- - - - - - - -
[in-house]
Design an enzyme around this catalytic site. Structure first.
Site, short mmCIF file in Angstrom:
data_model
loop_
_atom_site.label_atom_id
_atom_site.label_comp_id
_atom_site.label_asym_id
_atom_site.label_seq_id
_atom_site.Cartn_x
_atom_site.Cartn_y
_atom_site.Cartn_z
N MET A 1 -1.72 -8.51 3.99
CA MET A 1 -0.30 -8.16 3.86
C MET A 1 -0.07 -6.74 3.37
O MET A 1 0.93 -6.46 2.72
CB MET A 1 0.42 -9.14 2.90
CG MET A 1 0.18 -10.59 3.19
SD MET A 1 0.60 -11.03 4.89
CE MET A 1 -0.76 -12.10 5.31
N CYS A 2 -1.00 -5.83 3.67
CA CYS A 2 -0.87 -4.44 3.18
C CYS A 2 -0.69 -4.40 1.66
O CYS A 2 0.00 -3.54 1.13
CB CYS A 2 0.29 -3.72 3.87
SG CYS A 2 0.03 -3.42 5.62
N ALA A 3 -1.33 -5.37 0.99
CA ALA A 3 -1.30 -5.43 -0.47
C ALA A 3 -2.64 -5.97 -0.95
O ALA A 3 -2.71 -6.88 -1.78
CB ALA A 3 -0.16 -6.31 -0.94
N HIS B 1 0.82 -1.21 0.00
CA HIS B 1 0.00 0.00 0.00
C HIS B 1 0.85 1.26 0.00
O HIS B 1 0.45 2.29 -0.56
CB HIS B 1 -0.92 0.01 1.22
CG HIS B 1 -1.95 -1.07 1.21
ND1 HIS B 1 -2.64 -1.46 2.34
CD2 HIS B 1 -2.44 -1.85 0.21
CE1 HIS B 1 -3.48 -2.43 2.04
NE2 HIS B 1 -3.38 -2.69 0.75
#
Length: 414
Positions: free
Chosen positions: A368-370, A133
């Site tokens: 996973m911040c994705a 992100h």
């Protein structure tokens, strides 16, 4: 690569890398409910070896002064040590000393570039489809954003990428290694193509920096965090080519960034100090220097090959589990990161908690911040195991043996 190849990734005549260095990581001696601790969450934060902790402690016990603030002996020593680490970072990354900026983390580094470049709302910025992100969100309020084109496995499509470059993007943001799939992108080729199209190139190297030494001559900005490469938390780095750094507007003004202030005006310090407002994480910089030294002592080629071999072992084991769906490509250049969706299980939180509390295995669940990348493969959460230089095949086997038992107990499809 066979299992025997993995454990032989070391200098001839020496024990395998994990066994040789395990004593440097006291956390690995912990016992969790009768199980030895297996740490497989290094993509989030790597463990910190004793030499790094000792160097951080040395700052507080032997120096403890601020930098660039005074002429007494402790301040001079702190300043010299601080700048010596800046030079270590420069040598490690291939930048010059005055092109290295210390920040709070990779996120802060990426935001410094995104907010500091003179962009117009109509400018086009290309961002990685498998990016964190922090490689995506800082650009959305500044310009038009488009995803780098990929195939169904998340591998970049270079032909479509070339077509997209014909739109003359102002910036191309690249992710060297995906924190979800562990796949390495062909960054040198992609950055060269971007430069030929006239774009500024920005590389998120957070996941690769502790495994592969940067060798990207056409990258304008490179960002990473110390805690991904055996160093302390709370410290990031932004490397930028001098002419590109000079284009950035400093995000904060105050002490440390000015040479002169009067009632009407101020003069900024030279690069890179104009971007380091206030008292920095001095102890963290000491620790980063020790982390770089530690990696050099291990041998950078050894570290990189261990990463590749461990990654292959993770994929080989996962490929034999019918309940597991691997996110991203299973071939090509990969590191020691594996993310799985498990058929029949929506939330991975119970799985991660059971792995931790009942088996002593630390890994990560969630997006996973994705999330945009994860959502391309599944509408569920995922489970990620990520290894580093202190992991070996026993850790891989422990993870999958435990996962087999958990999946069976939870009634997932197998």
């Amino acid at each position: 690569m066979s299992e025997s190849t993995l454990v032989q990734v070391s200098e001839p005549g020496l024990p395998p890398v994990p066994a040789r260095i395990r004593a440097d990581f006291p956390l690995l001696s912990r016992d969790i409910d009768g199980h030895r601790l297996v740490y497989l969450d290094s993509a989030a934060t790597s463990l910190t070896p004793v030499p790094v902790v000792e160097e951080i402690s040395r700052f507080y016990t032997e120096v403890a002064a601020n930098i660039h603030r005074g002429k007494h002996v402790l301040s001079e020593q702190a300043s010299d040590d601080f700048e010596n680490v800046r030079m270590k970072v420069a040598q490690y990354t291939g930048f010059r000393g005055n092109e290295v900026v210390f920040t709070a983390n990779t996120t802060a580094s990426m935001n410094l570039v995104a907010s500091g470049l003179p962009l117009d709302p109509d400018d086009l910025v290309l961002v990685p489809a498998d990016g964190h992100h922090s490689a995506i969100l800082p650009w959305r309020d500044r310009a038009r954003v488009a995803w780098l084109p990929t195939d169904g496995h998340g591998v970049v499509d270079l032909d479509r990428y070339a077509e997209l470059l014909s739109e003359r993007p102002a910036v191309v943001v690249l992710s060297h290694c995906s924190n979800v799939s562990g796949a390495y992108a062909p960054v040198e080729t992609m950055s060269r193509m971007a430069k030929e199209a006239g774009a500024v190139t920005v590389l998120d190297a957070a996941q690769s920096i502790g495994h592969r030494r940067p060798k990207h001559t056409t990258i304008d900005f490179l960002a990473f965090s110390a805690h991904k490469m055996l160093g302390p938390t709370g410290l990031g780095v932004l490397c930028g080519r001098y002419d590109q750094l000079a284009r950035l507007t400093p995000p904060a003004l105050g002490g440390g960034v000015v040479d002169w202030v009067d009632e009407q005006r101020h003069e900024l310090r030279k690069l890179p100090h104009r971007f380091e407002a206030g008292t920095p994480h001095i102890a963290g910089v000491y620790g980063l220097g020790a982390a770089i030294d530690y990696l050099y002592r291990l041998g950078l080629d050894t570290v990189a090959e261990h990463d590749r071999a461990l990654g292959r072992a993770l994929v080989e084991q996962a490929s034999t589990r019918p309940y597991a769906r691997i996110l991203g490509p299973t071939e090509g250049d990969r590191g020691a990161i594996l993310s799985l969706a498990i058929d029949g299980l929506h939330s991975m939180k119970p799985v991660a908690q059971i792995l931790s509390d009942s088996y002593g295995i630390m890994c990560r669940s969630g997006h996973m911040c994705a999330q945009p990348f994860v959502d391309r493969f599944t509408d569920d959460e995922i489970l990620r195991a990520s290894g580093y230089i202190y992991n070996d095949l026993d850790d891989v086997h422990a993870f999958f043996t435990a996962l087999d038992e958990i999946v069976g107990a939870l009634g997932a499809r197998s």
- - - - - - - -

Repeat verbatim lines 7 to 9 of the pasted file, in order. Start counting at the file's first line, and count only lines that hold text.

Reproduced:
_atom_site.label_comp_id
_atom_site.label_asym_id
_atom_site.label_seq_id